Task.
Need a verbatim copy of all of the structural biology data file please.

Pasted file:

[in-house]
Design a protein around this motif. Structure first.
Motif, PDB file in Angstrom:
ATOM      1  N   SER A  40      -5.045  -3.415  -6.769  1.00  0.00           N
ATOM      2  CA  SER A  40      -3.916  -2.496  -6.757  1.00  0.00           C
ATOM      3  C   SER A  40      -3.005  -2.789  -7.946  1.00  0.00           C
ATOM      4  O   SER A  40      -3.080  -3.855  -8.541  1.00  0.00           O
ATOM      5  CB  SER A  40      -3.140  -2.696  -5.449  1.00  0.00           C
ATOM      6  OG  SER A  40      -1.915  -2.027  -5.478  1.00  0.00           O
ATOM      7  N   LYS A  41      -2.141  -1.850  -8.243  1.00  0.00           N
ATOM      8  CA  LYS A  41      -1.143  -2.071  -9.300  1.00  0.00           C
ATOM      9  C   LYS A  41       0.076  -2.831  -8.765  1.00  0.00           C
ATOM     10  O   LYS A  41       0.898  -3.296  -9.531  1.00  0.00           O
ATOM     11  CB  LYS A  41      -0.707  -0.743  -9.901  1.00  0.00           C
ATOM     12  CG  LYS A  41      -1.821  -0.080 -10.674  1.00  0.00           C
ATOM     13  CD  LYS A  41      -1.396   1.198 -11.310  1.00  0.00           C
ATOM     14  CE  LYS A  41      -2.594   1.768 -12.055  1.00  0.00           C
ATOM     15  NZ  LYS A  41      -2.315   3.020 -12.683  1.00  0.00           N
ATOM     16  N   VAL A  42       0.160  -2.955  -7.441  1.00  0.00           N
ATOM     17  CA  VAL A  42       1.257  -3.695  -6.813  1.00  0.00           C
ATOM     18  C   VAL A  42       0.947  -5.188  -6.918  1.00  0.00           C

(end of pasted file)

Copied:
[in-house]
Design a protein around this motif. Structure first.
Motif, PDB file in Angstrom:
ATOM      1  N   SER A  40      -5.045  -3.415  -6.769  1.00  0.00           N
ATOM      2  CA  SER A  40      -3.916  -2.496  -6.757  1.00  0.00           C
ATOM      3  C   SER A  40      -3.005  -2.789  -7.946  1.00  0.00           C
ATOM      4  O   SER A  40      -3.080  -3.855  -8.541  1.00  0.00           O
ATOM      5  CB  SER A  40      -3.140  -2.696  -5.449  1.00  0.00           C
ATOM      6  OG  SER A  40      -1.915  -2.027  -5.478  1.00  0.00           O
ATOM      7  N   LYS A  41      -2.141  -1.850  -8.243  1.00  0.00           N
ATOM      8  CA  LYS A  41      -1.143  -2.071  -9.300  1.00  0.00           C
ATOM      9  C   LYS A  41       0.076  -2.831  -8.765  1.00  0.00           C
ATOM     10  O   LYS A  41       0.898  -3.296  -9.531  1.00  0.00           O
ATOM     11  CB  LYS A  41      -0.707  -0.743  -9.901  1.00  0.00           C
ATOM     12  CG  LYS A  41      -1.821  -0.080 -10.674  1.00  0.00           C
ATOM     13  CD  LYS A  41      -1.396   1.198 -11.310  1.00  0.00           C
ATOM     14  CE  LYS A  41      -2.594   1.768 -12.055  1.00  0.00           C
ATOM     15  NZ  LYS A  41      -2.315   3.020 -12.683  1.00  0.00           N
ATOM     16  N   VAL A  42       0.160  -2.955  -7.441  1.00  0.00           N
ATOM     17  CA  VAL A  42       1.257  -3.695  -6.813  1.00  0.00           C
ATOM     18  C   VAL A  42       0.947  -5.188  -6.918  1.00  0.00           C